Automated System Using Field ECGs Speeds STEMI Diagnosis, Treatment

Download this article's Factoid (PDF & PPT for Gold Subscribers)

A computerized system that can diagnose ST-elevation myocardial infarction (STEMI) using field electrocardiograms (ECGs) without the need for physician input nearly eliminates treatment delays, according to a study published online April 12, 2013, ahead of print in the American Journal of Cardiology. False-positive STEMI diagnoses are relatively rare and in line with expected rates.

Researchers led by François Gobeil, MD, of Montreal University School of Medicine (Montreal, Quebec), studied an automated system (Zoll Medical Corporation, Mississauga, Canada) that was implemented on a region-wide basis for 2 years starting in January 2010. Ambulance technicians performed field ECGs on any patient presenting with chest pain or dyspnea in the area served by a standalone cath lab in Laval, Canada. Positive tests resulted in cath lab team activation and direct patient transfer. The automated ECG diagnosis was not transmitted or reinterpreted by medical personnel prior to arrival at the PCI center.

Most Diagnoses Appropriate

Of 155 cath lab activations available for analysis, only 17% ultimately were considered to be false positive (5%) or inappropriate (6% resulting from incorrect automated diagnosis, or “machine error,” and 6% from incorrect algorithm application, or “human error”).

Of the inappropriate activations attributed to human error, two-thirds resulted from acting on poor quality tracings. Half of the machine error activations were related to supraventricular tachyarrhythmia of greater than 140 beats per minute.

In all, there were 123 evaluable patients who had a final diagnosis of STEMI. The vast majority had door-to-balloon times that fell within the 90-minute goal. Contact-to-balloon times also were low (table 1).

Table 1. Results in Patients with Final Diagnosis of STEMI


Door-to-Balloon Time

Contact-to-Balloon Time

Median (IQR), mins

46 (38-56)

76 (67-88)

Proportion < 90 Minutes



Proportion < 120 Minutes



Maximum Delay, mins



Abbreviation: IQR, interquartile range.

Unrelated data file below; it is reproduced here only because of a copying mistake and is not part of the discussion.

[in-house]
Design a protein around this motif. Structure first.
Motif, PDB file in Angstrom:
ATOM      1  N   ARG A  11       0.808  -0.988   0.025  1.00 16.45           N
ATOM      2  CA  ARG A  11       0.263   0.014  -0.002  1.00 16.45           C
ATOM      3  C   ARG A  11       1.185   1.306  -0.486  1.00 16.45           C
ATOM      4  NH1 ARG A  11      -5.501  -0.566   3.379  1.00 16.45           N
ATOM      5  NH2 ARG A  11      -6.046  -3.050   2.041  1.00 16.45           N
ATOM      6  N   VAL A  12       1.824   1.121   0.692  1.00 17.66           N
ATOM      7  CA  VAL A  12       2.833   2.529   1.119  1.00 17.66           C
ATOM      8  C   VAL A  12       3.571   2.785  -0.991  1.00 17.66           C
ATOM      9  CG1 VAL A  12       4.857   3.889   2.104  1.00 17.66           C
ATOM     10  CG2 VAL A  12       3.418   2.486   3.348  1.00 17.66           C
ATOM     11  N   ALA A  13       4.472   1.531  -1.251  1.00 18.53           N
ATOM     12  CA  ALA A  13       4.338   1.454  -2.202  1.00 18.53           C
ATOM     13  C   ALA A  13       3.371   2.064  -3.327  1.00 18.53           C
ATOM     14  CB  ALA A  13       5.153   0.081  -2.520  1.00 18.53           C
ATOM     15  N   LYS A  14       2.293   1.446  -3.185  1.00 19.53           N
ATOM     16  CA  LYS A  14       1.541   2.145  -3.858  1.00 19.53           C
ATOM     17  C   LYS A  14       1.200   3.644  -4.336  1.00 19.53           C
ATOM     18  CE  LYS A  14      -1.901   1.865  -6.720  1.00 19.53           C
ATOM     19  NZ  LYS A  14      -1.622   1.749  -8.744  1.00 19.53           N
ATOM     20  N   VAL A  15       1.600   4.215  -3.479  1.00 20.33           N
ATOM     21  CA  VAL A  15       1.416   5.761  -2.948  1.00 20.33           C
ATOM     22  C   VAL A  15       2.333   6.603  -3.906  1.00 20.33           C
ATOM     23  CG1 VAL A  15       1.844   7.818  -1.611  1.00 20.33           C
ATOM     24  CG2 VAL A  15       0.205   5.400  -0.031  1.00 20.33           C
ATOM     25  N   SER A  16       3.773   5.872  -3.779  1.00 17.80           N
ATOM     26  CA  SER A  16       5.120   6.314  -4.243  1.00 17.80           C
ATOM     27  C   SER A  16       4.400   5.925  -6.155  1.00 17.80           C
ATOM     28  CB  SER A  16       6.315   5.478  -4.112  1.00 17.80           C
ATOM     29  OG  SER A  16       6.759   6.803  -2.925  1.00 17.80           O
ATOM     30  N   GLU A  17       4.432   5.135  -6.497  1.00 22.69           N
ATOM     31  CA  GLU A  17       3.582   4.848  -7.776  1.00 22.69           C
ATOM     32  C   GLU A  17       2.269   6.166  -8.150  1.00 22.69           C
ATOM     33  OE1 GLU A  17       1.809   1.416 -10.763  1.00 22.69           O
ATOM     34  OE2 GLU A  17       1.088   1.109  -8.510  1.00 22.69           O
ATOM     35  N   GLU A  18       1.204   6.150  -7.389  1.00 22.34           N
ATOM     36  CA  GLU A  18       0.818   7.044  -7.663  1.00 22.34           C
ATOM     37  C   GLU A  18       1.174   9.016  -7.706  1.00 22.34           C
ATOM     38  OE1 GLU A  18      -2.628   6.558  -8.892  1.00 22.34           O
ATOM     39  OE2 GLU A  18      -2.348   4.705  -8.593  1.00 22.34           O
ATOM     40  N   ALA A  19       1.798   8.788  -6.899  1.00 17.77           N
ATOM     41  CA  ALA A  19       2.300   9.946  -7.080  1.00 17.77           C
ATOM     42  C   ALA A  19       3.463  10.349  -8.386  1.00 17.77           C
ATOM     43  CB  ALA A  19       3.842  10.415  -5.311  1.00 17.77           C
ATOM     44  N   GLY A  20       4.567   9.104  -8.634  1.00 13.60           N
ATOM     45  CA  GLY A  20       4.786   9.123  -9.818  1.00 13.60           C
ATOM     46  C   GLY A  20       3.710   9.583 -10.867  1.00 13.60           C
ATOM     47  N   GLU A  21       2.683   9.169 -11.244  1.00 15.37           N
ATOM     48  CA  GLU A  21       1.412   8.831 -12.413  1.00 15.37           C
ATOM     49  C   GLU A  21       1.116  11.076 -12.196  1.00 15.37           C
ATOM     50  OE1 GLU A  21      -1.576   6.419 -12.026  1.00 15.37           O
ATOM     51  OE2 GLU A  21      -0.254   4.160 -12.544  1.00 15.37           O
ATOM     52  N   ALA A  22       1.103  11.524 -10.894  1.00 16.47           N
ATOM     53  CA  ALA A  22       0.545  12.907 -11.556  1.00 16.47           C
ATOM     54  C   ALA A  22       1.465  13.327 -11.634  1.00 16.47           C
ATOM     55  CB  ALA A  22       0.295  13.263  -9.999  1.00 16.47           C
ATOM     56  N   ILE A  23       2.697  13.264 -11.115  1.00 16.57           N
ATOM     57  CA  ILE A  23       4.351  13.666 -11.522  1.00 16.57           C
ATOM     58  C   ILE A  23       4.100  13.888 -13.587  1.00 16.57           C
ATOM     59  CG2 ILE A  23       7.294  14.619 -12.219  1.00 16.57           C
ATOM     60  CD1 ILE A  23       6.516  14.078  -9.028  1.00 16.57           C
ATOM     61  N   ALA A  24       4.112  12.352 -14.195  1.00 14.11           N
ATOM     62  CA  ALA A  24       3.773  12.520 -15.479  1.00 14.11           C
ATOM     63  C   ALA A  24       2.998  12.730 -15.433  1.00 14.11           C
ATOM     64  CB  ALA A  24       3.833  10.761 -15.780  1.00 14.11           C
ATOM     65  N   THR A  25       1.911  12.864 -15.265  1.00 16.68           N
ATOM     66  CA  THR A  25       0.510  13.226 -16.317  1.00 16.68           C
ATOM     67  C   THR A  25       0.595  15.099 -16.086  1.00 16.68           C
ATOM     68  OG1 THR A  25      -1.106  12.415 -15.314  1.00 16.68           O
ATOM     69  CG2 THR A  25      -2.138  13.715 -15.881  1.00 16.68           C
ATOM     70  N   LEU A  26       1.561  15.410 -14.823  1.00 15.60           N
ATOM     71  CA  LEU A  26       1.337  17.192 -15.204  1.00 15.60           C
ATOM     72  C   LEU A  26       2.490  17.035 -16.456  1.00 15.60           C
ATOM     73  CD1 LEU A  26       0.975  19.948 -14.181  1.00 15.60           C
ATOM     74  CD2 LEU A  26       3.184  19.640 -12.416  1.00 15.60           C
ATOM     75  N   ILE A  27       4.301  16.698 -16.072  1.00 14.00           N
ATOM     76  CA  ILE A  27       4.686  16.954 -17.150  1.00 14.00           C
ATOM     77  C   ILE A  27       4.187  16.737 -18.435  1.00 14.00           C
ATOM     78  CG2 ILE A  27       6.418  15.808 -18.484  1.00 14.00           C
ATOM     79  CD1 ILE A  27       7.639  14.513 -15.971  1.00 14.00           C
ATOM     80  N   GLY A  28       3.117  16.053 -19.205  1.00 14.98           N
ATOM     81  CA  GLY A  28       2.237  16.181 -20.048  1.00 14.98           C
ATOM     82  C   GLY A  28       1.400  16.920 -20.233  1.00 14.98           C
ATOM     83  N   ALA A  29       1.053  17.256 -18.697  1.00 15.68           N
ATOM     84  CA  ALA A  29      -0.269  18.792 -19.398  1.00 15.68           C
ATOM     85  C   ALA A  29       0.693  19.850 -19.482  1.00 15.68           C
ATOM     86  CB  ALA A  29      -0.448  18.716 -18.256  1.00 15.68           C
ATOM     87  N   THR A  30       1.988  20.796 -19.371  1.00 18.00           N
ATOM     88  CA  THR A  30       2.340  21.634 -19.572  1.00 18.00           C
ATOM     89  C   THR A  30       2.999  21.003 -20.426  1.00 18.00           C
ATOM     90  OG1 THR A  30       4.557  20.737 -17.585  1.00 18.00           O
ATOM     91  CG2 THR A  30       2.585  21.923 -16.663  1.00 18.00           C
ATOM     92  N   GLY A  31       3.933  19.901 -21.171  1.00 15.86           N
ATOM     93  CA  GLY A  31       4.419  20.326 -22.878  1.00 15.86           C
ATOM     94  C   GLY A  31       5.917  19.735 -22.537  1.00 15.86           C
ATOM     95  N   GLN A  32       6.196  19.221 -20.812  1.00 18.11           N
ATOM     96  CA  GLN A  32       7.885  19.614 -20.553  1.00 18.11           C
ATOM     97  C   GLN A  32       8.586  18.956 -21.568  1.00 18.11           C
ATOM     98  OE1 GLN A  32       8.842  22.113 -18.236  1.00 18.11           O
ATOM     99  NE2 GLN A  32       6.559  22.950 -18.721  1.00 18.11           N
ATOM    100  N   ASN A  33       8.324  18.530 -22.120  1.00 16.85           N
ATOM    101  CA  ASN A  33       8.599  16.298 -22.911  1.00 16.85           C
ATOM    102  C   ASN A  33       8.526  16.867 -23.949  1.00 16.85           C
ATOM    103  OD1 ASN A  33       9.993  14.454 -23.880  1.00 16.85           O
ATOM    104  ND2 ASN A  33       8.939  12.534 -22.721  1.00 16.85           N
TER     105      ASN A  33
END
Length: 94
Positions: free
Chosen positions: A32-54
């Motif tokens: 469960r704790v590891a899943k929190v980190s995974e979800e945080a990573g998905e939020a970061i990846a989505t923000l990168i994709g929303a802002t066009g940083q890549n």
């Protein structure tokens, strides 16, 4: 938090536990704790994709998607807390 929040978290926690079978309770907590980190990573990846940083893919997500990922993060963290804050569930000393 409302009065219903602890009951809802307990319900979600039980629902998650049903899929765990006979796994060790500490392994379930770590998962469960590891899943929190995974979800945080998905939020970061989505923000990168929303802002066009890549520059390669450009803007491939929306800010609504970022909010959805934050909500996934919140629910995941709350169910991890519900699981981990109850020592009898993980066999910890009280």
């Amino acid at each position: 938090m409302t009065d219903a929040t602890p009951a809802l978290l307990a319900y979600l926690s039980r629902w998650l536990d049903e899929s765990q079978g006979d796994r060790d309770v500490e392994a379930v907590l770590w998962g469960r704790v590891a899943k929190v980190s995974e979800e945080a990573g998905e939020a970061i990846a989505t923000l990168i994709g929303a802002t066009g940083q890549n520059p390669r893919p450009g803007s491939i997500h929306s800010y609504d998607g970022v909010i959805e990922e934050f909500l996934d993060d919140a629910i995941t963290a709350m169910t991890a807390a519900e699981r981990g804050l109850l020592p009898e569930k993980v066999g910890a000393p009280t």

Procedural success was achieved in 94% of patients who underwent PCI. In-hospital mortality for PCI patients was 2.4%, and the total cohort mortality rate was 3.2%, as 2 other patients died after arrival at the cath lab but before PCI was attempted.

Patients with ECG-inappropriate cath lab activations had higher rates of hypertension (P = 0.0070), known coronary artery disease (P = 0.0008), and elevated heart rate (P < 0.0001) at baseline than those deemed ECG-appropriate. They also tended to be older, though the difference did not reach statistical significance.

Strategy Has the Potential to Spread

“Before starting the protocol, we were assuming 10 to 15 percent of inappropriate activations, and that is exactly what we obtained,” Dr. Gobeil said in an e-mail communication with TCTMD. “We have a lot of experience with ECG transmission and primary PCI at our center, and even with [conventional] ECG transmission, inappropriate activations are [just as] frequent.”

Also in an e-mail communication, Christopher Granger, MD, of Duke University (Durham, North Carolina), told TCTMD that this study confirms that physician-less systems can provide good results for STEMI diagnosis and tamp down time delays. Similar systems are already in use in some regions of the United States, “with good success,” he noted. “Many [also] use a combined approach of the computer interpretation plus paramedic read with excellent success.”

The study authors note that ambulance technicians in Quebec are trained to perform ECGs but not to interpret them. “The most important finding from this study is that even if one only uses the computer interpretation, performance can be very good,” Dr. Granger added.

One limitation of the new research is the lack of data on false negatives, Dr. Gobeil acknowledged. Such cases, where STEMI was present but went undiagnosed on ECG, were not tracked in the study. If the ECG was negative for STEMI, those patients were transported to other hospitals and no data were collected. Dr. Gobeil said, however, that false negatives “definitively exist” and that his group is working on a way to evaluate that aspect of the system.

“We hope that a simple system like ours will be used more in the future,” Dr. Gobeil said. “With adequate staff training, it could be widely spread, even in small remote cities, and greatly improve STEMI management for those patients.”


Potter BJ, Matteau A, Mansour S, et al. Performance of a new “physician-less” automated system of prehospital ST-segment elevation myocardial infarction diagnosis and catheterization laboratory activation. Am J Cardiol. 2013;Epub ahead of print.



Related Stories:

  • Drs. Gobeil and Granger report no relevant conflicts of interest.

We Recommend